• 9.9. Inefficient recursive formulae
  • 9.10. Periodic functions and polynomial functions
  • 9.11. A nonlinear recursive formula: The Catalan numbers
  • References
  • Exercises
  • Project
  • 9.A
  • Chapter 10. Enumeration under group action
  • 10.1. Permutation groups and orbits
  • 10.2. Pólya’s first theorem
  • 10.3. The pattern inventory: Pólya’s second theorem
  • 10.4. Counting isomorphism classes of graphs
  • 10.5. 𝐺-classes of proper subsets of colorings / group actions
  • 10.6. De Bruijn’s generalization of Pólya theory
  • 10.7. Equivalence classes of boolean functions
  • References
  • Exercises
  • Chapter 11. Finite vector spaces
  • 11.1. Vector spaces over finite fields
  • 11.2. Linear spans and linear independence
  • 11.3. Counting subspaces
  • 11.4. The 𝑞-binomial coefficients are Comtet numbers
  • 11.5. 𝑞-binomial inversion
  • 11.6. The 𝑞-Vandermonde identity
  • 11.7. 𝑞-multinomial coefficients of the first kind
  • 11.8. 𝑞-multinomial coefficients of the second kind
  • 11.9. The distribution polynomials of statistics on discrete structures
  • 11.10. Knuth’s analysis
  • 11.11. The Galois numbers
  • References
  • Exercises
  • Projects
  • 11.A
  • 11.B
  • Chapter 12. Ordered sets
  • 12.1. Total orders and their generalizations
  • 12.2. *Quasi-orders and topologies
  • 12.3. *Weak orders and ordered partitions
  • 12.4. *Strict orders
  • 12.5. Partial orders: basic terminology and notation
  • 12.6. Chains and antichains
  • 12.7. Matchings and systems of distinct representatives
  • 12.8. *Unimodality and logarithmic concavity
  • 12.9. Rank functions and Sperner posets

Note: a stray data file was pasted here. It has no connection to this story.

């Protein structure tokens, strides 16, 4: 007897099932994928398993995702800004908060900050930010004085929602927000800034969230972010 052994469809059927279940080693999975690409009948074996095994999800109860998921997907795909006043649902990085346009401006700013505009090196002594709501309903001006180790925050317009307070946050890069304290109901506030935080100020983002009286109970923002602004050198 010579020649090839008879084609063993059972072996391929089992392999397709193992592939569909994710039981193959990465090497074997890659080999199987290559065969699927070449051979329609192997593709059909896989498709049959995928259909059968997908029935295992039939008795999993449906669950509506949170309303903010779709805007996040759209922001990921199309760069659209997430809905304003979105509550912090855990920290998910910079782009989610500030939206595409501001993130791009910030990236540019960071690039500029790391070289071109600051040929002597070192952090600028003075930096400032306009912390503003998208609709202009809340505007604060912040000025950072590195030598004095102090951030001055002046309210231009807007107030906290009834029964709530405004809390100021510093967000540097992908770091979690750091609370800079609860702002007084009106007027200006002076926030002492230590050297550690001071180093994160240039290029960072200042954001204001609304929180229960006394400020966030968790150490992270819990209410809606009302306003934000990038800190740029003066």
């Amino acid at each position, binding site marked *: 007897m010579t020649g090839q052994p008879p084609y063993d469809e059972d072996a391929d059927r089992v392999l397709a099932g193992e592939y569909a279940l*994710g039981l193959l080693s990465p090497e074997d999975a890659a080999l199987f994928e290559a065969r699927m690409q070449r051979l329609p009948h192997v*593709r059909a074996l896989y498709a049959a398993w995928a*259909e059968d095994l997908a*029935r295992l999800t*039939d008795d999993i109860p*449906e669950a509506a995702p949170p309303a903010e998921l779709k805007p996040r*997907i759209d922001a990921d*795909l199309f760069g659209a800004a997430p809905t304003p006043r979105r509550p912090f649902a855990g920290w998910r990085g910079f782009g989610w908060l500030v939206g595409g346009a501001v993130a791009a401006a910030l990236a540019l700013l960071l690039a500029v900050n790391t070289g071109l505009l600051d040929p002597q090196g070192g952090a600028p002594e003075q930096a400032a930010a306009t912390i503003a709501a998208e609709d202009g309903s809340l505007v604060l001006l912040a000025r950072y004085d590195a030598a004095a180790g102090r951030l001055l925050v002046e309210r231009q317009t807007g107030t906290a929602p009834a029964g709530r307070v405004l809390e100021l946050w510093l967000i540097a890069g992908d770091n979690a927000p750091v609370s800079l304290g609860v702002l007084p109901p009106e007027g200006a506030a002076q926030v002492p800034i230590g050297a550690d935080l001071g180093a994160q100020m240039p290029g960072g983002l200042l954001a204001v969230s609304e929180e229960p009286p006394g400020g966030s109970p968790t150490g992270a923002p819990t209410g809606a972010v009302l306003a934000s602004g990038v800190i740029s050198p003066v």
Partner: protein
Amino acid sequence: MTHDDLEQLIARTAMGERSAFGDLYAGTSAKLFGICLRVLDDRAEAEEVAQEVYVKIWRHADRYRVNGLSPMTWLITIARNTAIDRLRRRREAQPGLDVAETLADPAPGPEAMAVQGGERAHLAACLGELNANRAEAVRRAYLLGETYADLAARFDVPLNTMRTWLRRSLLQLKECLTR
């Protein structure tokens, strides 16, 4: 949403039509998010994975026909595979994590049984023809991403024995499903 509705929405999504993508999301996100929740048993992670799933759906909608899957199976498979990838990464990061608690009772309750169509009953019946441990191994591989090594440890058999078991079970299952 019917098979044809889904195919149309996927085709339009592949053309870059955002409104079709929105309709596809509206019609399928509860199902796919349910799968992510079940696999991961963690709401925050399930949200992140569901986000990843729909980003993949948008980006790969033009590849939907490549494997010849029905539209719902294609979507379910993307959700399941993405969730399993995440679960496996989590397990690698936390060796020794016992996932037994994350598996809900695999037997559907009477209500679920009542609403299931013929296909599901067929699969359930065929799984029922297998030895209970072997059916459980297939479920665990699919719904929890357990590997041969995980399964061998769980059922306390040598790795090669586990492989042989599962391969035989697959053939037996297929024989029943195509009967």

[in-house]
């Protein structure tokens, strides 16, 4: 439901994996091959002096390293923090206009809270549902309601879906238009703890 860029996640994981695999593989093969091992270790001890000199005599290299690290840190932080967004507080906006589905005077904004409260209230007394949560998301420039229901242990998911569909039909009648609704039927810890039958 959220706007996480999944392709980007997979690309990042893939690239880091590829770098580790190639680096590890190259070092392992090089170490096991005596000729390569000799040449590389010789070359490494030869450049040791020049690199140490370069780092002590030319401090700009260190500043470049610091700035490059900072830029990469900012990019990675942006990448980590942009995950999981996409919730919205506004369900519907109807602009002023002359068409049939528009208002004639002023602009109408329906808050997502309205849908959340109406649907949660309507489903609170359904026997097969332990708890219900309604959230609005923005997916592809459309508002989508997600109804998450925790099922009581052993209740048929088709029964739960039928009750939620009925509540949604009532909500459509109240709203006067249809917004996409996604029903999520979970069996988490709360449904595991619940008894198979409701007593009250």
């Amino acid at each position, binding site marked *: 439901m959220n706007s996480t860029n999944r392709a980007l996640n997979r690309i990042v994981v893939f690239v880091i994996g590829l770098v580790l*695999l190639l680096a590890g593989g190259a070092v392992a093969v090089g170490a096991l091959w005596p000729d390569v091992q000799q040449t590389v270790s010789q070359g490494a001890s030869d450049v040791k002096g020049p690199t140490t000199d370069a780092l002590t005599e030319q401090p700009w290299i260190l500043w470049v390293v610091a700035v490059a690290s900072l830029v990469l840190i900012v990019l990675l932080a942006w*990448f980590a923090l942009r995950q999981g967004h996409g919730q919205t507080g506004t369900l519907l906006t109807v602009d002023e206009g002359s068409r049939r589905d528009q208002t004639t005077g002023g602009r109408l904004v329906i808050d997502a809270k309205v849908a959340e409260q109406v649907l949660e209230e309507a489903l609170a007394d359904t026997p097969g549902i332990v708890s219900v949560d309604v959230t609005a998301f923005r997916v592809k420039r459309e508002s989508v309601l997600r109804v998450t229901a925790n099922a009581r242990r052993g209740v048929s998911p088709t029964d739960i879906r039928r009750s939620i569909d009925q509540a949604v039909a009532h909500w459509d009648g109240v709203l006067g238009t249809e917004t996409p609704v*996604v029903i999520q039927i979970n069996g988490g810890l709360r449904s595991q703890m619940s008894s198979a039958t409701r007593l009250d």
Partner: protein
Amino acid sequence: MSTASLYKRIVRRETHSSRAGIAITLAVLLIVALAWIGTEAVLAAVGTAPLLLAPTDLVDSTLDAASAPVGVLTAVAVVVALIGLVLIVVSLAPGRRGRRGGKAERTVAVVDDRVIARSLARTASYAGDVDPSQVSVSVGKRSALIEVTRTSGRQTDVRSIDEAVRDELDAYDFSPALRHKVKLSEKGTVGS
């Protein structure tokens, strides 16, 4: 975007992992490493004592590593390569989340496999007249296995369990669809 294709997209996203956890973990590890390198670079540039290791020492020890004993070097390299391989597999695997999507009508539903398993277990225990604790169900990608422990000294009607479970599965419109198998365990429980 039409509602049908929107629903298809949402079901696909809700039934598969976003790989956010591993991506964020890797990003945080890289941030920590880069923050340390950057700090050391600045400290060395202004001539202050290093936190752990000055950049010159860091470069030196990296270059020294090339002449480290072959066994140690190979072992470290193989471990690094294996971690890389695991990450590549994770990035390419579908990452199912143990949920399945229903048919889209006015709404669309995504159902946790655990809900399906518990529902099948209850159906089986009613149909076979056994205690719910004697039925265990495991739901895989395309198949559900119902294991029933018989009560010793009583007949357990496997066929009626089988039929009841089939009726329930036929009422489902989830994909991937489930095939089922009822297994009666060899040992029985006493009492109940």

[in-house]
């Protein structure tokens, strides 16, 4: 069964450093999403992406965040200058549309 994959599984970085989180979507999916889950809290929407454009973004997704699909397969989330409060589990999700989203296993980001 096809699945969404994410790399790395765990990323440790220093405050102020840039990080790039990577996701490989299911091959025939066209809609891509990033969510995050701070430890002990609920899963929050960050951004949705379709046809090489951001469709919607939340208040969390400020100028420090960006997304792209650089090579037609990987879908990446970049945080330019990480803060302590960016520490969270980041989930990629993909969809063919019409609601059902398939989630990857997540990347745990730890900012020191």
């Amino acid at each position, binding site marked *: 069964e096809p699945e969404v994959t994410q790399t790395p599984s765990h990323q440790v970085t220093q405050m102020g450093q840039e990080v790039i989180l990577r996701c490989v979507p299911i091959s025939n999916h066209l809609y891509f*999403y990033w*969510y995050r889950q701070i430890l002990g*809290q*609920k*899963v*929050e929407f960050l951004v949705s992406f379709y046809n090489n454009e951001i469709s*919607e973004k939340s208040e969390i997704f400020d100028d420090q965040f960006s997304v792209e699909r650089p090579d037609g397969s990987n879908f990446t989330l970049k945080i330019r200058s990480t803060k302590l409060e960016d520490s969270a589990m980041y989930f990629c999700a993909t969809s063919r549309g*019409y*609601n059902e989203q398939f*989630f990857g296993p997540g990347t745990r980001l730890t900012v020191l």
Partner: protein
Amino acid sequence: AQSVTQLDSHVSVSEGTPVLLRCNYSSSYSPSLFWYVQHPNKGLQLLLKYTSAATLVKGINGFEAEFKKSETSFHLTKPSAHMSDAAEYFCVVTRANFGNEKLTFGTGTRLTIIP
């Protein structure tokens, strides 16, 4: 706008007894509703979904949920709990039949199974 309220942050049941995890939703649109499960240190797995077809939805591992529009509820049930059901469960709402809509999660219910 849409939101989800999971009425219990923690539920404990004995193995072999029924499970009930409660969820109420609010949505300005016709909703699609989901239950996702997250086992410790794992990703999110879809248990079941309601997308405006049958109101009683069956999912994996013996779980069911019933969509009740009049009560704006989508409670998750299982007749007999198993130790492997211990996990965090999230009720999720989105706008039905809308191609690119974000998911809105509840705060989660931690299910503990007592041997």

• 12.10. Lattices
  • References
  • Exercises
  • Projects
  • 12.A
  • 12.B
  • 12.C
  • 12.D
  • Chapter 13. Formal power series
  • 13.1. Semigroup algebras
  • 13.2. The Cauchy algebra
  • 13.3. Formal power series and polynomials over ℂ
  • 13.4. Infinite sums in ℂ^{ℕ}
  • 13.5. Summation interchange
  • 13.6. Formal derivatives
  • 13.7. The formal logarithm
  • 13.8. The formal exponential function
  • References
  • Exercises
  • Projects
  • 13.A
  • 13.B
  • 13.C
  • Chapter 14. Incidence algebra: The grand unified theory of enumerative combinatorics
  • 14.1. The incidence algebra of a locally finite poset
  • 14.2. Infinite sums in ℂ^{Int (ℙ)}
  • 14.3. The zeta function and the enumeration of chains
  • 14.4. The chi function and the enumeration of maximal chains
  • 14.5. The Möbius function
  • 14.6. Möbius inversion formulas
  • 14.7. The Möbius functions of four classical posets
  • 14.8. Graded posets and the Jordan–Dedekind chain condition
  • 14.9. Binomial posets
  • 14.10. The reduced incidence algebra of a binomial poset
  • 14.11. Modular binomial lattices
  • References
  • Exercises
  • Projects
  • 14.A
  • 14.B
  • Appendix A. Analysis review
  • A.1. Infinite series
  • A.2. Power series
  • A.3. Double sequences and series
  • References
  • Appendix B. Topology review
  • B.1. Topological spaces and their bases
  • B.2. Metric topologies
  • B.3. Separation axioms
  • B.4. Product topologies
  • B.5. The topology of pointwise convergence
  • References
  • Appendix C. Abstract algebra review
  • C.1. Algebraic structures with one composition
  • C.2. Algebraic structures with two compositions
  • C.3. 𝑅-algebraic structures
  • C.4. Substructures
  • C.5. Isomorphic structures
  • References
  • Index
  • Back Cover
Review Copy – for publishers of book reviews
Desk Copy – for instructors who have adopted an AMS textbook for a course
Instructor's Manual – for instructors who have adopted an AMS textbook for a course and need the instructor's manual
Examination Copy – for faculty considering an AMS textbook for a course
Permission – for use of book, eBook, or Journal content
Accessibility – to request an alternate format of an AMS title